Federal Application Resources
Applying to work for the federal government is quite a different process than applying to work for most other employers. It’s a decentralized process with some centralized components and a host of additional regulations that you won’t find in other industries. You will need to invest time in learning about individual agencies and be flexible with their application requirements, assessment tactics and background checks. Most federal positions must be advertised on USAJobs but some Pathways Internship and Recent Graduate opportunities, unpaid or volunteer, attorney, veterans, disability, “Sch-A”, “Sch-C” and Administratively Determined (AD) positions may not be listed on there.
Federal resumes differ from typical one-page resumes in both their length and also their depth of information. The key to writing a federal resume is to be both concise and comprehensive. For college students and young alumni, it is typical to have a federal resume that is two-to-four pages long.
You will need a new federal resume for each position you apply to because different agencies and administrations prefer different formats and you will want to tailor each resume to the description in the Job Opportunity Announcement (JOA) for which you are applying.
There are two main ways to create a federal resume:
- Use the USAJobs’ resume builder tool. This will help you put your information into a standard template that government human resources staff and hiring managers are used to seeing. By using the builder, you will not be missing any information that federal agencies look for in the first steps of their screening and selection process.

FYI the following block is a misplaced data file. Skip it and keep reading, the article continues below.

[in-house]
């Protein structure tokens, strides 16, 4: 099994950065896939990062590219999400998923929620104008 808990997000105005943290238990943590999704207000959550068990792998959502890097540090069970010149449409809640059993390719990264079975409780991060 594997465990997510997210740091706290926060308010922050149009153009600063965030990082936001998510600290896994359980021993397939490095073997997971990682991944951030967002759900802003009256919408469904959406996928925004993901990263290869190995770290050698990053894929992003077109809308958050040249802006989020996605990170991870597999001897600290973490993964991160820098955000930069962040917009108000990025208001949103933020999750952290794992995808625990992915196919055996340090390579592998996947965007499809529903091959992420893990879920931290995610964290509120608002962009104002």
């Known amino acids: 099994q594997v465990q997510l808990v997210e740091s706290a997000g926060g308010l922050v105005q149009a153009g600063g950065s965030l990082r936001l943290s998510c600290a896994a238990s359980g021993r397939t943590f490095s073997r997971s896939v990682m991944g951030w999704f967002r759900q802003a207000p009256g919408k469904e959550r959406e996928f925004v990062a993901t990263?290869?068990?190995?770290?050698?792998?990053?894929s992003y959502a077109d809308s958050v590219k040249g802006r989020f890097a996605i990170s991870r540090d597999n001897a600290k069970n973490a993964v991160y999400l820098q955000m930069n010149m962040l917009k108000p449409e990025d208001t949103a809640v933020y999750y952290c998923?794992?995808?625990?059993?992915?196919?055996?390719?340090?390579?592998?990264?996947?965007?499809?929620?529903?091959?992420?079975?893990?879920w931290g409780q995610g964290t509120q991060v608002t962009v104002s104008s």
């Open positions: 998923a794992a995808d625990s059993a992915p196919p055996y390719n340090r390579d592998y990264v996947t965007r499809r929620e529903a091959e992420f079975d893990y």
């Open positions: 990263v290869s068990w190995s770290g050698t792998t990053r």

- Build a federal resume in your own using a word processor such as Microsoft Word or Google Docs. This gives you more flexibility to format and tailor your descriptions to a specific JOA or a position not listed on USAJOBS. You will also be able to upload a PDF version of your resume into USAJOBS applications and have this copy handy for alternative application platforms (e.g., Avue) and email submissions.
Getting Started on Your Federal Resume
Here are a few resources to help you write your federal resume.
- Tips for Federal Resumes
- GoGovernment’s Create Your Federal Resume – includes a sample federal resume and advice about what to include.
- GoGovernment’s Federal Resume Writing Tips – more hints and a simple checklist for your resume.
Focus on the aspects of your experiences that best demonstrate your qualifications for a given position.
- Education and Research Experience (only for Georgetown University students)
- Work, Volunteer or Internship Experience (only for Georgetown University students)
- GovLoop Rock Your Resume Infographic
- GovLoop 10 Steps to Letting Federal Employers Know Your Worth Infographic
Occupational/Application Questionnaires and Other Materials
Federal agencies use application or occupational questionnaires as additional assessment tools to screen candidates. Answering the questions confidently is key to having your application considered. The quality and effectiveness of these assessments varies widely.
- GoGovernment’s Application Questionnaires, Essays & Other Materials
- Avue Central Tips for Preparing Your Application
Additional Guidance for Federal Opportunities
Presidential Management Fellows
- Official website of the Presidential Management Fellows program
- GovLoop’s guide to managing the the 2018 Presidential Management Fellows application process
Foreign Service Officer (FSO)
- The State Department’s website on the FSO Program
- The State Department’s brochure on becoming a FSO
- Think the Foreign Service is right for you? Take this quiz to find out.